Last Updated on May 6, 2015, by eNotes Editorial. Word Count: 1101
Jonathan Wild has been prepared by nature to be a “great man.” His ancestors were all men of greatness, many of them hanged for thievery or treason. Those who escaped were simply shrewder and more fortunate than the others. Jonathan, however, is to be so “great” as to put his forefathers to shame.
As a boy, he reads about the great villains of history. He learns little at school; his best field of study is picking the pockets of his tutors and fellow students. When he is seventeen years old, his father moves to town, where Jonathan is to put his talents to even better use. There he meets the Count La Ruse, a knave destined to be one of the lesser “greats.” La Ruse is in prison for debt, but Jonathan’s skill soon secures his friend’s freedom. Together they have many profitable ventures, picking the pockets of their friends and of each other. However, neither becomes angry when the other steals from him, for each respects the other’s abilities.
For unknown reasons, Jonathan travels in America for seven or eight years. Returning to England, he continues his life of villainy. Since he is to be a truly “great” man, he cannot soil his own hands with too much thievery because there is always the danger of the gallows if he should be apprehended. He gathers about him a handful of lesser thieves who take the risks while he collects most of the booty. La Ruse joins him in many of his schemes, and the two friends continue to steal from each other. This ability to cheat friends shows true “greatness.”
Jonathan admires Laetitia Snap, a woman with qualities of “greatness” similar to his own. She is the daughter of his father’s friend, and she, too, is skilled in picking pockets and cheating at cards. In addition, she is a lady of wonderfully loose morals. No matter how hard he tries, Jonathan cannot get Laetitia to respond to his passion. The poor fellow does not at first know that each time he approaches her, she is hiding another lover in the closet. Had he known, his admiration would have been even greater.
Jonathan’s true “greatness” does not appear until he renews his acquaintance with Mr. Heartfree, a former schoolmate. Heartfree will never be a “great” man because he is a good man. He cheats no one, holds no grudges, and loves his wife and children. These qualities make him the sort of person Jonathan likes to cheat. Heartfree is a jeweler; he becomes moderately prosperous through hard work and honest practices. With the help of La Ruse, Jonathan is able to bring Heartfree to ruin. They steal his jewels and his money and hire thugs to beat him unmercifully, all the time convincing the good man that they are his friends.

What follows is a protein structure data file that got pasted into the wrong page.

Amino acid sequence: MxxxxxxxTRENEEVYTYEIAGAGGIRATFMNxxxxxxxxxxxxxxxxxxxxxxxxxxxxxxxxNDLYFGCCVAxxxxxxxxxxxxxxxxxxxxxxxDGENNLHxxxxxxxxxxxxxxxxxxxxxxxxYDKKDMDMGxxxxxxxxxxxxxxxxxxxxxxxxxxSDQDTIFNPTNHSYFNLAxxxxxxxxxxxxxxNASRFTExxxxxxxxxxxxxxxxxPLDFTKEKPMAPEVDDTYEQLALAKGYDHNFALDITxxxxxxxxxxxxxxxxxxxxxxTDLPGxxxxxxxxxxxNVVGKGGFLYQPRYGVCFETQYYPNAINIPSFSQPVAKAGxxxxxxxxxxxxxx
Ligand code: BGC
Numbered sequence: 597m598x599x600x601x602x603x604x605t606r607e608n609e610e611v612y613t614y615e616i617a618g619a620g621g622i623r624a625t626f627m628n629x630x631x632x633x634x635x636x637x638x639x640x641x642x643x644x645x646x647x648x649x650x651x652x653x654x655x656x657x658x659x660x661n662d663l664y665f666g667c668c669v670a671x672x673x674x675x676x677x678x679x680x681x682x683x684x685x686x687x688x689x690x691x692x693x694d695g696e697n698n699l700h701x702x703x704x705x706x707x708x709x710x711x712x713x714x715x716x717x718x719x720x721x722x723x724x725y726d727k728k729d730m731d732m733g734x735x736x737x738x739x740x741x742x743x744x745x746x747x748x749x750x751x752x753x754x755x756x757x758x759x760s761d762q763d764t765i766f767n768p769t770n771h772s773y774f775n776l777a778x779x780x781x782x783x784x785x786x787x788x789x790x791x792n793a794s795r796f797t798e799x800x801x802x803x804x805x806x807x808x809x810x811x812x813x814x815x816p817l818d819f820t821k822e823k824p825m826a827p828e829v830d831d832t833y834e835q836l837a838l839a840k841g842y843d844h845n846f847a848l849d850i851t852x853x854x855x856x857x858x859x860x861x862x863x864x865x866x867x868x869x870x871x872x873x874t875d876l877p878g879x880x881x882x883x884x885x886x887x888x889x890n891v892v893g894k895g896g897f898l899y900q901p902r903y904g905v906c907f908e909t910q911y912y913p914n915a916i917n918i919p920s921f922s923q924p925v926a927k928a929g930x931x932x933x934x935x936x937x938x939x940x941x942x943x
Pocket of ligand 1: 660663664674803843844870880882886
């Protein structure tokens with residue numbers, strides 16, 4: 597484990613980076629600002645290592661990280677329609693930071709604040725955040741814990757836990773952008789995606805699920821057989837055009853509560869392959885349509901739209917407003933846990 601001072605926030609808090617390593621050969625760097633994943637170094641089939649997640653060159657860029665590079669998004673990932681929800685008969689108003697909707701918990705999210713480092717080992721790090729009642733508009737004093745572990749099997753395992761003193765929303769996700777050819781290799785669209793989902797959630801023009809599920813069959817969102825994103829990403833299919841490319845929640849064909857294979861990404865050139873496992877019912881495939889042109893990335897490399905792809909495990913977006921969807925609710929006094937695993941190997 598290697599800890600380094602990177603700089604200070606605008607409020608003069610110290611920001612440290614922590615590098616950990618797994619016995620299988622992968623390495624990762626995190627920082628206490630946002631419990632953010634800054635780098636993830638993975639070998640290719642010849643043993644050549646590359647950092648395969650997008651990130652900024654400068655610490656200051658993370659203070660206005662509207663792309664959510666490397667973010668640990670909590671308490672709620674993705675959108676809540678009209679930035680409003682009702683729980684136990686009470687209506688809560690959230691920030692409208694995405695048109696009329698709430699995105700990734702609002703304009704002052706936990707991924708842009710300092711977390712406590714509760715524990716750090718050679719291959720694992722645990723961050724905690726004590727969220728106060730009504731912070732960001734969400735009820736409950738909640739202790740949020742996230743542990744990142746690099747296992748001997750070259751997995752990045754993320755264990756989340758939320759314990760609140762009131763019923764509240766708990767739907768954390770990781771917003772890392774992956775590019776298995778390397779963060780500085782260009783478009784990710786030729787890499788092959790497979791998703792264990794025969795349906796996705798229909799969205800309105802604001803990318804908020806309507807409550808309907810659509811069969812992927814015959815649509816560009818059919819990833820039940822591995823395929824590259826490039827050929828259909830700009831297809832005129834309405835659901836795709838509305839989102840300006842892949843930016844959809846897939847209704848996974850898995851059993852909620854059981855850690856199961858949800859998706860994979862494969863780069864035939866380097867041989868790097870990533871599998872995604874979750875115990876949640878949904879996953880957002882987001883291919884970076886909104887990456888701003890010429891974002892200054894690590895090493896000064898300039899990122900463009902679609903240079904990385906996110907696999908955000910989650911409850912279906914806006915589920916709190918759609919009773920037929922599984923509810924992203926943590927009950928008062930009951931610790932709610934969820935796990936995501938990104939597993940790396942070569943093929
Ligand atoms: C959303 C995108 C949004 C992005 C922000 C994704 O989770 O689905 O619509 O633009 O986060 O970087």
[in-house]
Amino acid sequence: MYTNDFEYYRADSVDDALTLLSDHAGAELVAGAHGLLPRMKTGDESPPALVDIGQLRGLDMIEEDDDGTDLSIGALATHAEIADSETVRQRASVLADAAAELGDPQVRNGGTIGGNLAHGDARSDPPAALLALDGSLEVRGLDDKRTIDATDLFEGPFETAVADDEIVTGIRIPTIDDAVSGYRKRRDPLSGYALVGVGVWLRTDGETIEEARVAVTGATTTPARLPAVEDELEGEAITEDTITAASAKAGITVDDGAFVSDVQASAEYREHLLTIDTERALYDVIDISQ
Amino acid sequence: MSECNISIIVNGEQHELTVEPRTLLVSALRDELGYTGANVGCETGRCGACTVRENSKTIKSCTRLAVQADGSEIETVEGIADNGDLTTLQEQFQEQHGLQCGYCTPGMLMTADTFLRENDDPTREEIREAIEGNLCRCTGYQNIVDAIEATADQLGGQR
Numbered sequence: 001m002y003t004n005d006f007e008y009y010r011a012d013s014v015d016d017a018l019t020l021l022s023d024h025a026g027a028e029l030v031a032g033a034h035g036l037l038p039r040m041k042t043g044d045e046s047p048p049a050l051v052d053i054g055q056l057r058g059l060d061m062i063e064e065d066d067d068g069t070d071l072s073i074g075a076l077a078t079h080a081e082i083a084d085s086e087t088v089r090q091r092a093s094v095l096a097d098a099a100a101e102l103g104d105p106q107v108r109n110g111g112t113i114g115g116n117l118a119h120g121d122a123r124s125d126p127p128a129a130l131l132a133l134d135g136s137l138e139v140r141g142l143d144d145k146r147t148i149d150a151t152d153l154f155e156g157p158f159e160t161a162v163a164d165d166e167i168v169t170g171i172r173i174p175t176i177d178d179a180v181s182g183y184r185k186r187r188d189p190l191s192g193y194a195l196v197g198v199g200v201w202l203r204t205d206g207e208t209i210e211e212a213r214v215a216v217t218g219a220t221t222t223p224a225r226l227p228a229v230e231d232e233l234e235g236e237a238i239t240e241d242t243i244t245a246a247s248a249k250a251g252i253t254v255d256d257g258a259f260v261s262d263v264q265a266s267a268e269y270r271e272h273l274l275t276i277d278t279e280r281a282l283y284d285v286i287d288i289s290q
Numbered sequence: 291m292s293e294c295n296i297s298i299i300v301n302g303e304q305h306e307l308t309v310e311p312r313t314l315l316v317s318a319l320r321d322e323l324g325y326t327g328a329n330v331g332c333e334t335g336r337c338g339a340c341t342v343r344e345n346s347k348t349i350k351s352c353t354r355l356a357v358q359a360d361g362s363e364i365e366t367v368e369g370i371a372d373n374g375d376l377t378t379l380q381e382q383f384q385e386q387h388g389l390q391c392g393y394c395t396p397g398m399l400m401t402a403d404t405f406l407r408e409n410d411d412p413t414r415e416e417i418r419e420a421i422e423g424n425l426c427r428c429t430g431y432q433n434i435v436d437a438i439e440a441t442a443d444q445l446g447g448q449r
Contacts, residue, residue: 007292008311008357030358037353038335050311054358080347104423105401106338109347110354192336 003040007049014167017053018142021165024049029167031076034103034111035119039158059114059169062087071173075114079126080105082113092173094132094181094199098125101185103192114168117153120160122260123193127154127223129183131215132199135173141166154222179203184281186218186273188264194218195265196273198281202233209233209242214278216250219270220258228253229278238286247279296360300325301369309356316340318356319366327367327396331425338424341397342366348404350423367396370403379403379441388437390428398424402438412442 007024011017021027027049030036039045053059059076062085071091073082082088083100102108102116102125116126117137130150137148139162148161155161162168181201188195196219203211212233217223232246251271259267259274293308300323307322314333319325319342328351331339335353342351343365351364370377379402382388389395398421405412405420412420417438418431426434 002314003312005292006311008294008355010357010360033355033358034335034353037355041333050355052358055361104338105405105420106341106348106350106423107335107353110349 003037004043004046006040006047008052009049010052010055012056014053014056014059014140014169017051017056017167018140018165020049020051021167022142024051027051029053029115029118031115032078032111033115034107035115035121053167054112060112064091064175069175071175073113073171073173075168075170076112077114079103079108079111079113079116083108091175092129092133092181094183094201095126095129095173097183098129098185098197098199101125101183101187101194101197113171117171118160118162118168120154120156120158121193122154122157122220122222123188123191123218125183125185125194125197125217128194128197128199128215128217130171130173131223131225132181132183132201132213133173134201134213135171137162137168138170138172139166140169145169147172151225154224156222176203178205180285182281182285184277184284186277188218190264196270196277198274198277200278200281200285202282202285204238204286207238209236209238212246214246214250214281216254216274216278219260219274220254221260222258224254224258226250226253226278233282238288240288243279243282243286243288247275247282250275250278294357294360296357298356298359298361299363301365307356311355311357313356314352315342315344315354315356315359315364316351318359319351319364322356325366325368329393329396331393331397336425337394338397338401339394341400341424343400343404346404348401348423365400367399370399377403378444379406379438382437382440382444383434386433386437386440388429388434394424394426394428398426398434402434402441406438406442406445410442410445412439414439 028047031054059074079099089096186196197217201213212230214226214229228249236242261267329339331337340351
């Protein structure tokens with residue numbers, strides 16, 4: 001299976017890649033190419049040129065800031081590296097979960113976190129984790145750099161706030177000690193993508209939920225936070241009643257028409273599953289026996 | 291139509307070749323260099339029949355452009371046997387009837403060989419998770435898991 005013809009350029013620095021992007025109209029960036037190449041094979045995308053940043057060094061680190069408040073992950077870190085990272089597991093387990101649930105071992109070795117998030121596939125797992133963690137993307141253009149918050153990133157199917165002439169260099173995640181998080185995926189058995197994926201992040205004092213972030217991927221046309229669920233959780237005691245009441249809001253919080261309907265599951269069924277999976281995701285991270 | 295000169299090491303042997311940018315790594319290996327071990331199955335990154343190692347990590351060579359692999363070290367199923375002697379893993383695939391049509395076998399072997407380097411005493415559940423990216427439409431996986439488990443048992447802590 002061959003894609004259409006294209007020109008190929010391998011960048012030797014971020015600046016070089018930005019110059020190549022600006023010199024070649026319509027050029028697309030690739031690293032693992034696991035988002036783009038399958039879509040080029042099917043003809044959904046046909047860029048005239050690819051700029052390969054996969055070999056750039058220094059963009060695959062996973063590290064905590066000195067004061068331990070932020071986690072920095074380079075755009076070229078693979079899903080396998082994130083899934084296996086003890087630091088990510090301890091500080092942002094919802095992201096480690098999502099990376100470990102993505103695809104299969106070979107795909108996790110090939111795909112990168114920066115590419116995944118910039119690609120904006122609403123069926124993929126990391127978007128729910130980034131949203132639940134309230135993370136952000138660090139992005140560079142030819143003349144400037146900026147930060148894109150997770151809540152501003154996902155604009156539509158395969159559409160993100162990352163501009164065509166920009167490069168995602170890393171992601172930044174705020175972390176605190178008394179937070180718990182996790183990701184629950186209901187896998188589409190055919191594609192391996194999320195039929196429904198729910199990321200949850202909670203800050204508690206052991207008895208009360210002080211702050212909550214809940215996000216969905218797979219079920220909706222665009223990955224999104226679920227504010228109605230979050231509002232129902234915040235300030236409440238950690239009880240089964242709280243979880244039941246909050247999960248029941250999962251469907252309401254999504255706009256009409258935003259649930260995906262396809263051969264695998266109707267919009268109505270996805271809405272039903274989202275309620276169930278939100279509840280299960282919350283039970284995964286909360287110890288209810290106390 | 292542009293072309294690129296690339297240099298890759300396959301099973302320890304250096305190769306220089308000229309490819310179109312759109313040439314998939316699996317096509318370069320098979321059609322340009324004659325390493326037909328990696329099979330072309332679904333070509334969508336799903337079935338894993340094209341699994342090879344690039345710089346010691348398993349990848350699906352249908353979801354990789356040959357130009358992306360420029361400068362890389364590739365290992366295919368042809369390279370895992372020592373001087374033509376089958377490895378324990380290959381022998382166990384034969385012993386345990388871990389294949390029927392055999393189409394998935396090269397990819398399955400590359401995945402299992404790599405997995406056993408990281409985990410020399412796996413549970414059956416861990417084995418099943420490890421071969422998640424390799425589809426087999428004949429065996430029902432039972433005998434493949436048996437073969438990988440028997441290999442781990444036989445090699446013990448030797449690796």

La Ruse approaches the greatness of Jonathan by leaving the country after stealing most of their booty. Poor Heartfree is locked up for debt after the two scoundrels ruin him. Then Jonathan performs his greatest act. He also has a strong passion for Mrs. Heartfree, a good and virtuous woman, and he persuades her that her husband asked him to take her and some remaining jewels to Holland until her husband could obtain his release. He talks so cleverly that the woman does not even tell her husband good-bye, although she loves him dearly. Instead, she puts her children in the hands of a faithful servant and accompanies the rogue on a ship leaving England immediately.
When a severe storm arises, Jonathan is sure that death is near. Throwing caution aside, he attacks Mrs. Heartfree. Her screams brings help from the captain. After the storm subsides, the captain puts Jonathan adrift in a small boat. The captain does not know that Jonathan is a “great” man and not destined to die in an ignoble fashion. After a while, he is rescued. He returns to England with tall tales of his adventure, none of which are the least bit true.
(The entire section contains 1101 words.)
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